In Airbus v Generali Italia, the High Court held that Alitalia’s insurers were bound by an exclusive jurisdiction clause in favour of the English courts in an agreement between Alitalia and Airbus.
The proceedings arose out of an incident in 2013 where an aircraft leased by Alitalia was required to make an emergency landing due to a mechanical problem. The plane sustained considerable damage but there were no fatalities.
In July 2017, Alitalia’s insurers brought a claim against Airbus in Italy to recover USD 11 m. In January 2018, Airbus commenced English court proceedings seeking declarations that the Italian claim fell within an exclusive jurisdiction clause in a warranties agreement between Airbus and Alitalia.
The insurers argued that the clause only covered disputes regarding the warranties agreement itself, i.e. the mechanism by which the benefit of the warranties in a separate purchase agreement (which contained an ICC arbitration provision) was transferred, and did not cover disputes, such as the Italian claim, regarding substantive rights under the warranties.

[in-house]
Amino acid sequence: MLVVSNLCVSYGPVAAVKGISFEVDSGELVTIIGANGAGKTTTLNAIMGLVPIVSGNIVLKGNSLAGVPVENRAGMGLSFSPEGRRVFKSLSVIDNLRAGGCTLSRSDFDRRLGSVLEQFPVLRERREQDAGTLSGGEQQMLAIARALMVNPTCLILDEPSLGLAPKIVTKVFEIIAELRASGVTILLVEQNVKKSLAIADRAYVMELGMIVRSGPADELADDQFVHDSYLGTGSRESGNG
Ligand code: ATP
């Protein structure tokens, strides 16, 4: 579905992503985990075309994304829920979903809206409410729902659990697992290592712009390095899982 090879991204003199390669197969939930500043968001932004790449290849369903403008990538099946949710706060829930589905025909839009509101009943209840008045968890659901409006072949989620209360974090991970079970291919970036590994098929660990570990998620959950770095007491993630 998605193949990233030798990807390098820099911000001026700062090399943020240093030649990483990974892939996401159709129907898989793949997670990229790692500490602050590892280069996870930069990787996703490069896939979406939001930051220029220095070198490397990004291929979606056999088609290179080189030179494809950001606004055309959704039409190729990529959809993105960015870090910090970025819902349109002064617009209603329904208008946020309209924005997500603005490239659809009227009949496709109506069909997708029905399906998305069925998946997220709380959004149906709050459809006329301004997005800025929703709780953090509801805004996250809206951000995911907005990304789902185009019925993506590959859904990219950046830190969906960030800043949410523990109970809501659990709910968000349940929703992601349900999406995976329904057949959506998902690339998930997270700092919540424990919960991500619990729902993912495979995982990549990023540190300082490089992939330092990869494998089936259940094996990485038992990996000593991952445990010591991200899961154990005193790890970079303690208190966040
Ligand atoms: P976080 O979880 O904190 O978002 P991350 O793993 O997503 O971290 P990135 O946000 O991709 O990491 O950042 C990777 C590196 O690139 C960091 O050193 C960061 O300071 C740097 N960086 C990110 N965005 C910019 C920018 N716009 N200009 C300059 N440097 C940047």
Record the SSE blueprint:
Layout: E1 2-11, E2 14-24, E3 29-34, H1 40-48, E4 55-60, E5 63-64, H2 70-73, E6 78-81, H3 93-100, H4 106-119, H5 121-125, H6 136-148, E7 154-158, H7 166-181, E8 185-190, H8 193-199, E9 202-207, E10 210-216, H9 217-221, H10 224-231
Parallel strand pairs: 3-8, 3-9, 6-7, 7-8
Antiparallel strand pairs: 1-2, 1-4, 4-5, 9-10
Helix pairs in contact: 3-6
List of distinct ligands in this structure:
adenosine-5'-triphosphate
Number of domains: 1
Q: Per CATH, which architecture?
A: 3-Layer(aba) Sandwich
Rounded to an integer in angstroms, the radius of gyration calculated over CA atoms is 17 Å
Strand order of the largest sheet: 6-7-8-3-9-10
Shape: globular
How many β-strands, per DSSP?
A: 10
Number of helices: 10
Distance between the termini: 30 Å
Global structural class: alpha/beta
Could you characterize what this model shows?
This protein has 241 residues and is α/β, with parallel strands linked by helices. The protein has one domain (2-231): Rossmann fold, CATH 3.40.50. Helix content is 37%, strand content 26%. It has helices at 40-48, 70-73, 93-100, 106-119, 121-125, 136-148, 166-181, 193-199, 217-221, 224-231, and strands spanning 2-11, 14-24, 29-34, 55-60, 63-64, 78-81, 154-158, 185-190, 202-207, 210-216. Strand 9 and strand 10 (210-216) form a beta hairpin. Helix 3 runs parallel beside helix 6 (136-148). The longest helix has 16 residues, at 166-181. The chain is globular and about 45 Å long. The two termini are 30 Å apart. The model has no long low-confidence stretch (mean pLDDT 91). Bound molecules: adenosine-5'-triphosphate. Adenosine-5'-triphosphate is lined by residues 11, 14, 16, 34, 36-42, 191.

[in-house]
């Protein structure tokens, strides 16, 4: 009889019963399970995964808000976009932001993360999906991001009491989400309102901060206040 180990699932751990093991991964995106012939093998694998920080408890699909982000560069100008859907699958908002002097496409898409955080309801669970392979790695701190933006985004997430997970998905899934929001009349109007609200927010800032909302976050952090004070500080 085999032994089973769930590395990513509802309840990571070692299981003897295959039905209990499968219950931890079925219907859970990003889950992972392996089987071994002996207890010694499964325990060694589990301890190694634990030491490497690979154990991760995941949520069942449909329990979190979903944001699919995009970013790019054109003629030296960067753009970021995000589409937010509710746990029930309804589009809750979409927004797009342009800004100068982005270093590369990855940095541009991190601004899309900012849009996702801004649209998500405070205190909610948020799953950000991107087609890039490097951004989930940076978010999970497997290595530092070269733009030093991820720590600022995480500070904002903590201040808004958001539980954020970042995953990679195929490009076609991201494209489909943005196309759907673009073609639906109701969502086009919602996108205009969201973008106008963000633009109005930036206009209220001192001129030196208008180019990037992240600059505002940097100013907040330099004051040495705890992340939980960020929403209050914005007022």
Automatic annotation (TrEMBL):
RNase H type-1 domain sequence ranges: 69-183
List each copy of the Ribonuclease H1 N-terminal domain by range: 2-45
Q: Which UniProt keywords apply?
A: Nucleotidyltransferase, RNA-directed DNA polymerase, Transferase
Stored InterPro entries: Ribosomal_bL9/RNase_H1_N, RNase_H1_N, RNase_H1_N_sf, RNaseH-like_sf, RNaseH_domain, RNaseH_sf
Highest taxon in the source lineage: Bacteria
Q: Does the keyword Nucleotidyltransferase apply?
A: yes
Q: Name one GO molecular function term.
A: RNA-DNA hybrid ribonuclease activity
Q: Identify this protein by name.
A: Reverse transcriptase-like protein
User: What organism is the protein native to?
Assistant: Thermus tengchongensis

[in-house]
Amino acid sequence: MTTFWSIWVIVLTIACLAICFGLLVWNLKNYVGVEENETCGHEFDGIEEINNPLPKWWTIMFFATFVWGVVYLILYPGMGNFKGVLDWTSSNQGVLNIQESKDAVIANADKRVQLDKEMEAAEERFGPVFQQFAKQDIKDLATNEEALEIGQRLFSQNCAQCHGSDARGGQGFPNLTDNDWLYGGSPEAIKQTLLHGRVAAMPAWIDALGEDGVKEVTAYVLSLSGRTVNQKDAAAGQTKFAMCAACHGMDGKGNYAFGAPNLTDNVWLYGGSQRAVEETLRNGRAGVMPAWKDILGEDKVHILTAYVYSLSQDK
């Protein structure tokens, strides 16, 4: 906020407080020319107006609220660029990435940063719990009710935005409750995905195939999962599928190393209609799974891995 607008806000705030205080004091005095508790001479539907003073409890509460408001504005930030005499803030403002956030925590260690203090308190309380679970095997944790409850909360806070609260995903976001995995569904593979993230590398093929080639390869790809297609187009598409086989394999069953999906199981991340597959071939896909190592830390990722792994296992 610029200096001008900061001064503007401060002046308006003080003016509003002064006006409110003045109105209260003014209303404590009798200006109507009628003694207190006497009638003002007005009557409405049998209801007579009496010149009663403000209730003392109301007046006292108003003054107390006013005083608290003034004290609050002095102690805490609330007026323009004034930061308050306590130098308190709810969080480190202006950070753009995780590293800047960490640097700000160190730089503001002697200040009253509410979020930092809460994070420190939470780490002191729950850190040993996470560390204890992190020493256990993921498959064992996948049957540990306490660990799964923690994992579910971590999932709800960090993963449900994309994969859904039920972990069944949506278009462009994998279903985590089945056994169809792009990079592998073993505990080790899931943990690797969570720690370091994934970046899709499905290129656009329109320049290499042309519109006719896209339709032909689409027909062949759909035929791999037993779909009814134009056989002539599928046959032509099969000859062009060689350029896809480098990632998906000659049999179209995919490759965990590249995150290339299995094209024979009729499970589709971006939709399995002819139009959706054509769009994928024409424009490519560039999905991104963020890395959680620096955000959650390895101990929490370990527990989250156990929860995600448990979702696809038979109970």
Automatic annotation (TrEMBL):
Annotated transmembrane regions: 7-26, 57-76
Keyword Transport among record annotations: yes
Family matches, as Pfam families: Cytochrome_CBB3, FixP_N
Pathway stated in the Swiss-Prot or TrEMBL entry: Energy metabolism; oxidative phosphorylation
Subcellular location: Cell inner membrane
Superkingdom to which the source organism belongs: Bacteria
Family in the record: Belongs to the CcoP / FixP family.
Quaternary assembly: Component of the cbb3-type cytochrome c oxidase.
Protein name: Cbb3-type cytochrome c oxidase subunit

The High Court rejected this argument as a matter of construction:
- The language of the jurisdiction clause was broad and without limitation.
- The warranties agreement listed the warranties and also included clauses outlining a “complete code” for warranty claims.
- The warranties agreement was narrowly focussed and dealt only with the warranties; it did not incorporate all obligations under the purchase agreement, including the arbitration provision.
- The warranties agreement was between a unique set of parties and was intended to create new rights not to transfer the benefit of existing rights under the purchase agreement.
- There was no clear rationale why the parties would have chosen to split a substantive claim for breach of warranty from a claim regarding a party’s entitlement to bring such a claim.